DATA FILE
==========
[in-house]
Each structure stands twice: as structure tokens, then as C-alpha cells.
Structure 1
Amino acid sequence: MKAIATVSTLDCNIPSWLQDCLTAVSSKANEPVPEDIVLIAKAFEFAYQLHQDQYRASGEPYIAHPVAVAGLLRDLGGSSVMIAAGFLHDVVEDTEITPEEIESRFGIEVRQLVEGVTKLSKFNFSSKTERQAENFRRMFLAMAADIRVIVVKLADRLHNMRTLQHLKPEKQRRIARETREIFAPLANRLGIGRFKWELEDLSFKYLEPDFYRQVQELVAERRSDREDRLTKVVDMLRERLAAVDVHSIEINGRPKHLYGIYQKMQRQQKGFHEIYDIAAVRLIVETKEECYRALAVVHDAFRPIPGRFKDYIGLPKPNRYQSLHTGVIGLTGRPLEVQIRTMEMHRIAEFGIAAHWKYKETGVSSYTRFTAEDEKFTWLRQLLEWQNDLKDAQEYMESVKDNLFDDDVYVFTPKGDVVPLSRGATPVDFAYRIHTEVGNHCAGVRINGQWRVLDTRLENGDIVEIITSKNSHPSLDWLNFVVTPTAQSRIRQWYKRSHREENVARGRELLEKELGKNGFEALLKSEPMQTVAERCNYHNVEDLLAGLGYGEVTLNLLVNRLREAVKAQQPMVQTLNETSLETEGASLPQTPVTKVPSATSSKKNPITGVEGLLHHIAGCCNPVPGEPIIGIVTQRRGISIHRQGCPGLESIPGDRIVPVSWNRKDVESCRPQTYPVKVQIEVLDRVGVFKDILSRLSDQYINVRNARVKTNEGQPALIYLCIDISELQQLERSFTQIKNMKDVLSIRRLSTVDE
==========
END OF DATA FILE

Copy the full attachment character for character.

[in-house]
Each structure stands twice: as structure tokens, then as C-alpha cells.
Structure 1
Amino acid sequence: MKAIATVSTLDCNIPSWLQDCLTAVSSKANEPVPEDIVLIAKAFEFAYQLHQDQYRASGEPYIAHPVAVAGLLRDLGGSSVMIAAGFLHDVVEDTEITPEEIESRFGIEVRQLVEGVTKLSKFNFSSKTERQAENFRRMFLAMAADIRVIVVKLADRLHNMRTLQHLKPEKQRRIARETREIFAPLANRLGIGRFKWELEDLSFKYLEPDFYRQVQELVAERRSDREDRLTKVVDMLRERLAAVDVHSIEINGRPKHLYGIYQKMQRQQKGFHEIYDIAAVRLIVETKEECYRALAVVHDAFRPIPGRFKDYIGLPKPNRYQSLHTGVIGLTGRPLEVQIRTMEMHRIAEFGIAAHWKYKETGVSSYTRFTAEDEKFTWLRQLLEWQNDLKDAQEYMESVKDNLFDDDVYVFTPKGDVVPLSRGATPVDFAYRIHTEVGNHCAGVRINGQWRVLDTRLENGDIVEIITSKNSHPSLDWLNFVVTPTAQSRIRQWYKRSHREENVARGRELLEKELGKNGFEALLKSEPMQTVAERCNYHNVEDLLAGLGYGEVTLNLLVNRLREAVKAQQPMVQTLNETSLETEGASLPQTPVTKVPSATSSKKNPITGVEGLLHHIAGCCNPVPGEPIIGIVTQRRGISIHRQGCPGLESIPGDRIVPVSWNRKDVESCRPQTYPVKVQIEVLDRVGVFKDILSRLSDQYINVRNARVKTNEGQPALIYLCIDISELQQLERSFTQIKNMKDVLSIRRLSTVDE